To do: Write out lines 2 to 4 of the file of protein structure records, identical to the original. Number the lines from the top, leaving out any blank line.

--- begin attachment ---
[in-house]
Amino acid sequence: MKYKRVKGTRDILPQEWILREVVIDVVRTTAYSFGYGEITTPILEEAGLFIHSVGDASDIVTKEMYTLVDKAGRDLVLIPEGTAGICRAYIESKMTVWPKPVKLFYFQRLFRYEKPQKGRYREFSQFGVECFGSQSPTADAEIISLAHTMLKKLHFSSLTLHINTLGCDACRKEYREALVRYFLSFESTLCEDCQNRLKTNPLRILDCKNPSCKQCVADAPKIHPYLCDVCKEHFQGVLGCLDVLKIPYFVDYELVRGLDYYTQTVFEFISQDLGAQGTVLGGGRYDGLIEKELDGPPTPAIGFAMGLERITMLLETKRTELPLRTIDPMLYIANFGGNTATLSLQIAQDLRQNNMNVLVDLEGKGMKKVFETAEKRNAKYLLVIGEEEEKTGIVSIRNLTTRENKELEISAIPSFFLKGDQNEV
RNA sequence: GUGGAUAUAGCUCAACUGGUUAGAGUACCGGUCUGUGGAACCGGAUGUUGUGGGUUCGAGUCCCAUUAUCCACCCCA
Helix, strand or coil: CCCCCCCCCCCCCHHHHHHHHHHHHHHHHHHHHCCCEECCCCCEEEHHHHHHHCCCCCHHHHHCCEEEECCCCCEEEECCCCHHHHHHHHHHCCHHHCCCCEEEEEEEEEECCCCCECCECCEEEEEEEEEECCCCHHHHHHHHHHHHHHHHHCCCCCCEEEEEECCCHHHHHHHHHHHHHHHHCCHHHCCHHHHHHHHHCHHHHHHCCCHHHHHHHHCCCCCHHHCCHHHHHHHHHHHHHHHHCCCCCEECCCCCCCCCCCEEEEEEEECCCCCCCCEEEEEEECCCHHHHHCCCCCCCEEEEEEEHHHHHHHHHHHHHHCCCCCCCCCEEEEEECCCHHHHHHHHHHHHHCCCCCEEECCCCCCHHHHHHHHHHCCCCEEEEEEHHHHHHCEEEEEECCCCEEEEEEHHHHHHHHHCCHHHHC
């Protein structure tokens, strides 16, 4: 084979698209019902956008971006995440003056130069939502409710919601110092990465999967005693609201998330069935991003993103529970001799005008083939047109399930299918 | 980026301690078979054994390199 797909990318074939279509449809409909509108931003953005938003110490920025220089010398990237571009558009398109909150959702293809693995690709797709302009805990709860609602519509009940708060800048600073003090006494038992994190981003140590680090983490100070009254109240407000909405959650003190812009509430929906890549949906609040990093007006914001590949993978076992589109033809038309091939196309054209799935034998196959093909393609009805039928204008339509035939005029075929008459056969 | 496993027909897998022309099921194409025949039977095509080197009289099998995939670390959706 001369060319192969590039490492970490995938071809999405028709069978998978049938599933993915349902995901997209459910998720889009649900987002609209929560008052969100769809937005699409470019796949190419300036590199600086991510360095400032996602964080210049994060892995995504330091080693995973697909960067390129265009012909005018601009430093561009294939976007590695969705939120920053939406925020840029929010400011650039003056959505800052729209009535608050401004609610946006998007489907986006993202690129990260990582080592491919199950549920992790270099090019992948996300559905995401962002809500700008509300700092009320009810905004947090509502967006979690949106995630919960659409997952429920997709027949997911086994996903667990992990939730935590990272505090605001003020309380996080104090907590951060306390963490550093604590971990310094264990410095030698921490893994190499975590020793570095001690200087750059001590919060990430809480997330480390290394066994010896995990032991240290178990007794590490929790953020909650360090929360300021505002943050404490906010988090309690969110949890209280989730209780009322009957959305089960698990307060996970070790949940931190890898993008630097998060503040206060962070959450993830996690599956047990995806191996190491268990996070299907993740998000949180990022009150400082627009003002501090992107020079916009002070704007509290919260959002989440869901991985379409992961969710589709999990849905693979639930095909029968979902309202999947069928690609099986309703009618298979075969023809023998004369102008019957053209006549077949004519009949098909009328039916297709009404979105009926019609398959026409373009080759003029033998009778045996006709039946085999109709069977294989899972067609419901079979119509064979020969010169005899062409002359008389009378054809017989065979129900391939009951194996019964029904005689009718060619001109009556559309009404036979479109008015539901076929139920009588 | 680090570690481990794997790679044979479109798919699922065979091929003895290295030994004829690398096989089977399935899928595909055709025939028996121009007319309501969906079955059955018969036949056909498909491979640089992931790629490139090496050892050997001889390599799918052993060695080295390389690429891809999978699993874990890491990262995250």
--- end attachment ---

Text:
Amino acid sequence: MKYKRVKGTRDILPQEWILREVVIDVVRTTAYSFGYGEITTPILEEAGLFIHSVGDASDIVTKEMYTLVDKAGRDLVLIPEGTAGICRAYIESKMTVWPKPVKLFYFQRLFRYEKPQKGRYREFSQFGVECFGSQSPTADAEIISLAHTMLKKLHFSSLTLHINTLGCDACRKEYREALVRYFLSFESTLCEDCQNRLKTNPLRILDCKNPSCKQCVADAPKIHPYLCDVCKEHFQGVLGCLDVLKIPYFVDYELVRGLDYYTQTVFEFISQDLGAQGTVLGGGRYDGLIEKELDGPPTPAIGFAMGLERITMLLETKRTELPLRTIDPMLYIANFGGNTATLSLQIAQDLRQNNMNVLVDLEGKGMKKVFETAEKRNAKYLLVIGEEEEKTGIVSIRNLTTRENKELEISAIPSFFLKGDQNEV
RNA sequence: GUGGAUAUAGCUCAACUGGUUAGAGUACCGGUCUGUGGAACCGGAUGUUGUGGGUUCGAGUCCCAUUAUCCACCCCA
Helix, strand or coil: CCCCCCCCCCCCCHHHHHHHHHHHHHHHHHHHHCCCEECCCCCEEEHHHHHHHCCCCCHHHHHCCEEEECCCCCEEEECCCCHHHHHHHHHHCCHHHCCCCEEEEEEEEEECCCCCECCECCEEEEEEEEEECCCCHHHHHHHHHHHHHHHHHCCCCCCEEEEEECCCHHHHHHHHHHHHHHHHCCHHHCCHHHHHHHHHCHHHHHHCCCHHHHHHHHCCCCCHHHCCHHHHHHHHHHHHHHHHCCCCCEECCCCCCCCCCCEEEEEEEECCCCCCCCEEEEEEECCCHHHHHCCCCCCCEEEEEEEHHHHHHHHHHHHHHCCCCCCCCCEEEEEECCCHHHHHHHHHHHHHCCCCCEEECCCCCCHHHHHHHHHHCCCCEEEEEEHHHHHHCEEEEEECCCCEEEEEEHHHHHHHHHCCHHHHC